Severity: Critical Alert
Entry/Exit: Authorities in Senegal extend international flight ban until May 31. Nationwide curfew, restrictions remain in effect until at least May 3.
This alert affects Senegal
This alert began 17 Apr 2020 14:00 GMT and is scheduled to expire 03 May 2020 23:59 GMT.
- Incident: Restrictions
- Location(s): Nationwide (map)
- Time Frame: Through May
- Impact: Commercial flight and business disruptions
Authorities in Senegal have extended the ban on inbound and outbound international passenger flights until at least May 31 as part of updated efforts to halt the spread of coronavirus disease (COVID-19). Limited exceptions exist for cargo and humanitarian reasons. Authorities have closed Senegal's land borders with neighboring countries to non-commercial traffic.
The state of emergency announced March 23 remains in effect until at least May 3. Measures in place include a nightly curfew 2000-0600. Authorities have restricted travel between regions.
Authorities are quarantining travelers who test positive for COVID-19 in hospitals in Dakar until they receive a negative test result. All public gatherings have been canceled, with officials closing schools and universities. Ships will not be allowed to enter Senegalese waters indefinitely. Other social distancing measures are also in place. Further restrictions are possible in the coming weeks.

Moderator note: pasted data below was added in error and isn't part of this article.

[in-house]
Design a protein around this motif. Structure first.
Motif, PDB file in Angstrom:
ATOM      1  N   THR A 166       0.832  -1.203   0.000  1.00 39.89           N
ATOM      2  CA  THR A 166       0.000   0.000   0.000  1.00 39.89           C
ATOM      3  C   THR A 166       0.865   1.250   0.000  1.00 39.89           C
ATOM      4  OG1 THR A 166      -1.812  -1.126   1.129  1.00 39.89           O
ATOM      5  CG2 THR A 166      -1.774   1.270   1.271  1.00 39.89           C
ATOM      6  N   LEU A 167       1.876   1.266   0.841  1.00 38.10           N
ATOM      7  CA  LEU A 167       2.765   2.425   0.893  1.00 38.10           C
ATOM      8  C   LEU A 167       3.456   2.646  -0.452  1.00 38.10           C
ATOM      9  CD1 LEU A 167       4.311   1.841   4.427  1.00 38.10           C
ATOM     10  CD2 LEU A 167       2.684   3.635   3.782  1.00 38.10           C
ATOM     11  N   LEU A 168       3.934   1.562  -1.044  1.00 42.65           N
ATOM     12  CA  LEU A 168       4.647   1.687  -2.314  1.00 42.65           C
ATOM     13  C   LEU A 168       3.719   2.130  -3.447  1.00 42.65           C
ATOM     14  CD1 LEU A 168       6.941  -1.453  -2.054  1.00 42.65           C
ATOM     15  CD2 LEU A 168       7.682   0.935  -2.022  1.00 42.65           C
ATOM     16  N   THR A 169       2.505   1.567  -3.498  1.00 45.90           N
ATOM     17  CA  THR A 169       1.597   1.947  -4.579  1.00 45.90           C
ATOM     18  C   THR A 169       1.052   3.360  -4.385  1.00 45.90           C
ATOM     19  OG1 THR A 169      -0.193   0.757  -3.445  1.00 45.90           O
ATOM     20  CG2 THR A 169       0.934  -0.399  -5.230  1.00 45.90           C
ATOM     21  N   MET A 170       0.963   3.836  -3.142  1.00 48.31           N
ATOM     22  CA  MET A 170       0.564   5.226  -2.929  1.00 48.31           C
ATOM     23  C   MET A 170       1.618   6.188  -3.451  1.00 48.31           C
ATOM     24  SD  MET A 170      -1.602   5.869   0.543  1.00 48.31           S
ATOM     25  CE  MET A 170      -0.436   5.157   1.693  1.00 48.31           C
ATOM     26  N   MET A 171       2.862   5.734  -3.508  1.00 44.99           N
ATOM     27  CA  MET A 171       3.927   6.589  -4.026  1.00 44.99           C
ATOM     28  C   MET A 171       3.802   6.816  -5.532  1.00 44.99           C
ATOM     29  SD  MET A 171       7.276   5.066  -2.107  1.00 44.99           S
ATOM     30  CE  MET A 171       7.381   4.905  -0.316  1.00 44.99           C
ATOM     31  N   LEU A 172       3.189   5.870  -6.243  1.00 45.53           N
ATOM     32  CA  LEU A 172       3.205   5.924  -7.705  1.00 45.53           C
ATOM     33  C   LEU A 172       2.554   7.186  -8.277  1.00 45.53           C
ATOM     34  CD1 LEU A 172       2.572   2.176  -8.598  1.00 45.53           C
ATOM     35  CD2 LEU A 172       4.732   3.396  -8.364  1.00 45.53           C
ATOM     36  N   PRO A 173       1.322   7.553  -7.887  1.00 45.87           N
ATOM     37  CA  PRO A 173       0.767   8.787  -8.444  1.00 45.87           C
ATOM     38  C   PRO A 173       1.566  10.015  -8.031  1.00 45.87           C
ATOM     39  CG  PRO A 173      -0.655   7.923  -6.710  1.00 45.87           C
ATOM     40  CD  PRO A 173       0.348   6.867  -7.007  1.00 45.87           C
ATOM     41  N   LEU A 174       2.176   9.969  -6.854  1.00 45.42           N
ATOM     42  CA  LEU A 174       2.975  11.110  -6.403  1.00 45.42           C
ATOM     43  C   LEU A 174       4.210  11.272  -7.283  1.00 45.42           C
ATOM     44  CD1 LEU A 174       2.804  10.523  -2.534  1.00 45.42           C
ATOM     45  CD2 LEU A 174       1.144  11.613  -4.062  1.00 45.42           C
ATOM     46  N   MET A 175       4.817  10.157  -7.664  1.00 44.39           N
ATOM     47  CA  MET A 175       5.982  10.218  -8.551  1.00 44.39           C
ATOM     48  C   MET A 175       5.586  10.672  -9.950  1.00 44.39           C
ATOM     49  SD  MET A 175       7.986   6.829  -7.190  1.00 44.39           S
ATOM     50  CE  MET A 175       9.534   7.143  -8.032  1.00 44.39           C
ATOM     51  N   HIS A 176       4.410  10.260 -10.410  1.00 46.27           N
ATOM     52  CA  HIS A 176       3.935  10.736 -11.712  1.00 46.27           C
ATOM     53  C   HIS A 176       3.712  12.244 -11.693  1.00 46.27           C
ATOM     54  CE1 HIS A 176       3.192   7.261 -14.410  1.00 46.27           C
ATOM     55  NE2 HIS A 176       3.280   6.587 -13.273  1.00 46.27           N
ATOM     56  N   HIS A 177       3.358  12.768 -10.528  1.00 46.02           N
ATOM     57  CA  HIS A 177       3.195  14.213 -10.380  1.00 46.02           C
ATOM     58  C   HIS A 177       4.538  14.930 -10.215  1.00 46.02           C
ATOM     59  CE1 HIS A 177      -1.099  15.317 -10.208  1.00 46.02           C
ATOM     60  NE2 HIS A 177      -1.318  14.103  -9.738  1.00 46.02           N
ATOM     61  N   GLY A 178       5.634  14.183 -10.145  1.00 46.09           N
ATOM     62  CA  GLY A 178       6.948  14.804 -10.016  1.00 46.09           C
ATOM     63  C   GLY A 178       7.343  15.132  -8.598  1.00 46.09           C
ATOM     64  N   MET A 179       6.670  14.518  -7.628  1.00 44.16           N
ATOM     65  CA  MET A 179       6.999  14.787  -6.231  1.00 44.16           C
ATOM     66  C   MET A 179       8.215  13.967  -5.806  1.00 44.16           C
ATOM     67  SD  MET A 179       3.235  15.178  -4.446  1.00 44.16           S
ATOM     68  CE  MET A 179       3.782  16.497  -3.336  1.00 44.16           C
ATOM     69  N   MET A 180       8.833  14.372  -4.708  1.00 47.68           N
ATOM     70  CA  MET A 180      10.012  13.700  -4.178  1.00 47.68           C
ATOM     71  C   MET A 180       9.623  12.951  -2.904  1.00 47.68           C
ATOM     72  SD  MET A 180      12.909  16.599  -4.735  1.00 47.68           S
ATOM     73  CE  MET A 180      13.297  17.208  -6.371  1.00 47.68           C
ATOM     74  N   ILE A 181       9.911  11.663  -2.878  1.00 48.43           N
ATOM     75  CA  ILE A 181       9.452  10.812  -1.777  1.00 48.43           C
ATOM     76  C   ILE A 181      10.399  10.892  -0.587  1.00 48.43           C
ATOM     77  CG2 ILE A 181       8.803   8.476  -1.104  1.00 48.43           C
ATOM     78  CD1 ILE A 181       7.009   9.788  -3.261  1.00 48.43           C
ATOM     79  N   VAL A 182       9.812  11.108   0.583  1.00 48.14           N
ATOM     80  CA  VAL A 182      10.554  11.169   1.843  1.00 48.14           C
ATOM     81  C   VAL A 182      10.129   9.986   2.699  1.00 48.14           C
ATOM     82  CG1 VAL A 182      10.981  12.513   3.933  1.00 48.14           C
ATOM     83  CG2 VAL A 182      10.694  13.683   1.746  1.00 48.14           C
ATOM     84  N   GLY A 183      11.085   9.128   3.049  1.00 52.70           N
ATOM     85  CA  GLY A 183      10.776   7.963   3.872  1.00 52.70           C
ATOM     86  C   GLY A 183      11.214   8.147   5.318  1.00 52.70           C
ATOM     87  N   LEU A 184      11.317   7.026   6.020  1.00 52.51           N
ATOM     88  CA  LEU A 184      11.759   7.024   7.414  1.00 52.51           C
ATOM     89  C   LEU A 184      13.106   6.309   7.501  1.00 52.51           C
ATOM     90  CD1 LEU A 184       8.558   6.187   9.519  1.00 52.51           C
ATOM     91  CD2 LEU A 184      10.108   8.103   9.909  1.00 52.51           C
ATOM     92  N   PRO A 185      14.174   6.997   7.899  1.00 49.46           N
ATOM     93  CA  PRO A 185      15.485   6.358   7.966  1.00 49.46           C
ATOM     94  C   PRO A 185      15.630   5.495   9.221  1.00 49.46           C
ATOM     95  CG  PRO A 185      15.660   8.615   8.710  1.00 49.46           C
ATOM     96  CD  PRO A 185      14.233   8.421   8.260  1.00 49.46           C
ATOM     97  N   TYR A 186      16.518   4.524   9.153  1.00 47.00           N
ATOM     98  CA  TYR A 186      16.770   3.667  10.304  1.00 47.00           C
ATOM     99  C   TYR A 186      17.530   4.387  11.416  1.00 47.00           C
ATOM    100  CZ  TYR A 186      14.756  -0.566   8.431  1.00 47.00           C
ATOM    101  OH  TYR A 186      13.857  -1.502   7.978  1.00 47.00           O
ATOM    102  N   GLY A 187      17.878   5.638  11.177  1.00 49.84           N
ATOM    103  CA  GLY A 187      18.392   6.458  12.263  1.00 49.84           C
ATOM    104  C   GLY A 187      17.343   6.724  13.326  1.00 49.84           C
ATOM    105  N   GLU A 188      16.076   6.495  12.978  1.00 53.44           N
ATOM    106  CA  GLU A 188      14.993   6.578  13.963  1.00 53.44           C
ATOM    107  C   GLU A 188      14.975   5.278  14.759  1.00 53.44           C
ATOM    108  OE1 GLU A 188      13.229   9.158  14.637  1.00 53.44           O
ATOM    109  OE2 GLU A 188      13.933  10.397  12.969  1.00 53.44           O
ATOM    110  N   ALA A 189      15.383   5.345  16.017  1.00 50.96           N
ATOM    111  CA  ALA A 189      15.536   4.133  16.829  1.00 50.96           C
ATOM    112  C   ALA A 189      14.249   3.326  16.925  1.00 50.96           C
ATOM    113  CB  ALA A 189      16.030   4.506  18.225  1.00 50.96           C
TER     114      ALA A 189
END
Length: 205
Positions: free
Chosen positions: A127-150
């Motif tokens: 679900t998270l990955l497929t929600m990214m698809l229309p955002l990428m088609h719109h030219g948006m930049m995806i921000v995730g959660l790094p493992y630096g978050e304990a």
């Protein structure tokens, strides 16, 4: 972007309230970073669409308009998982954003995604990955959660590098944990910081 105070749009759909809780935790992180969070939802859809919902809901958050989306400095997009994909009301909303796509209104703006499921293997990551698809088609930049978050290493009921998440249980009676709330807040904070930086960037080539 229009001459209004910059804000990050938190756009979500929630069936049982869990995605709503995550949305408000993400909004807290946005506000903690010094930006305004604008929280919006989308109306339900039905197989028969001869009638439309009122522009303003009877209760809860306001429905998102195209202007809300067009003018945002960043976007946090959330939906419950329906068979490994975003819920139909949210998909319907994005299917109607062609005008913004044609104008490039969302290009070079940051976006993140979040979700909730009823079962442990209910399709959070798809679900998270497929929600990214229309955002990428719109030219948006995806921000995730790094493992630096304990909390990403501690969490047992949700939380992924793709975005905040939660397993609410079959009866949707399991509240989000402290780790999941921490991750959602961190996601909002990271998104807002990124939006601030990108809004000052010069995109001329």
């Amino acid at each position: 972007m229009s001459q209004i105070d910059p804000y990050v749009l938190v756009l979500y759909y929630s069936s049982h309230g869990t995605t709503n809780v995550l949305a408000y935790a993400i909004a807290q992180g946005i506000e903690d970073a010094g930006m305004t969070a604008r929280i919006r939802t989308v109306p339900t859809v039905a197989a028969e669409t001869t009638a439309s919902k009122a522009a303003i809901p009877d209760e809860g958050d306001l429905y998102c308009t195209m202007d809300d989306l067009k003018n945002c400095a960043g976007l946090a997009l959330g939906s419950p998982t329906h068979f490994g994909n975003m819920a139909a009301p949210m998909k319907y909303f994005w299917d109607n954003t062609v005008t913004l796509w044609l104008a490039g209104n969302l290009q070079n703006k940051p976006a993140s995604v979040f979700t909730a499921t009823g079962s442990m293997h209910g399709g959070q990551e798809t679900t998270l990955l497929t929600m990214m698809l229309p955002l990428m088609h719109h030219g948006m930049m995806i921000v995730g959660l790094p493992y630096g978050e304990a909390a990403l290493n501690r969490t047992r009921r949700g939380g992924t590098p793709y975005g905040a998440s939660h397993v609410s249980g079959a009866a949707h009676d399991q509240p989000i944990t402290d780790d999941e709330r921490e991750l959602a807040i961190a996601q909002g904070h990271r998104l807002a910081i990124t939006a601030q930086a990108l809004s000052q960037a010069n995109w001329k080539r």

Domestic flights between Blaise Diagne International Airport (DSS) - which serves Dakar - and Ziguinchor Airport (ZIG) remain ongoing.
These measures will complement earlier restrictions, including the suspension of all international travel until April 17 and closure of the land border with Gambia.
Background and Analysis
The measures adopted by the government correspond with similar actions taken by other regional governments in recent days in response to the spread of COVID-19. COVID-19 is a viral respiratory disease caused by infection with the SARS-CoV-2 virus (previously known as 2019-nCoV). Symptoms occur 1-14 days following exposure (average of 3-7 days). These symptoms include fever, fatigue, cough, difficulty breathing, sometimes worsening to pneumonia and kidney failure - especially in those with underlying medical conditions. On March 11, the WHO declared the ongoing COVID-19 outbreak a pandemic.
Follow all official instructions. Abide by national health and safety measures. Reconfirm all travel arrangements. Consider delaying traveling if experiencing symptoms associated with COVID-19, as they may prompt increased scrutiny and delays. Liaise with trusted contacts for further updates and guidance. Maintain contact with your diplomatic representation. Ensure contingency plans account for further disruptive measures or extensions of current restrictions. Reconsider and reconfirm nonemergency health appointments. Plan for queues and delays at available shopping centers.
Emphasize basic health precautions, especially frequent handwashing with soap and water, or an alcohol-based hand sanitizer if soap and water are unavailable. Practice good coughing/sneezing etiquette (i.e., covering coughs and sneezes with a disposable tissue, maintaining distance from others, and washing hands). There is no evidence that the influenza vaccine, antibiotics, or antiviral medications will prevent this disease, highlighting the importance of diligent basic health precautions.
World Health Organisation: www.who.int
Ministry of Health and Social Action (French): www.sante.gouv.sn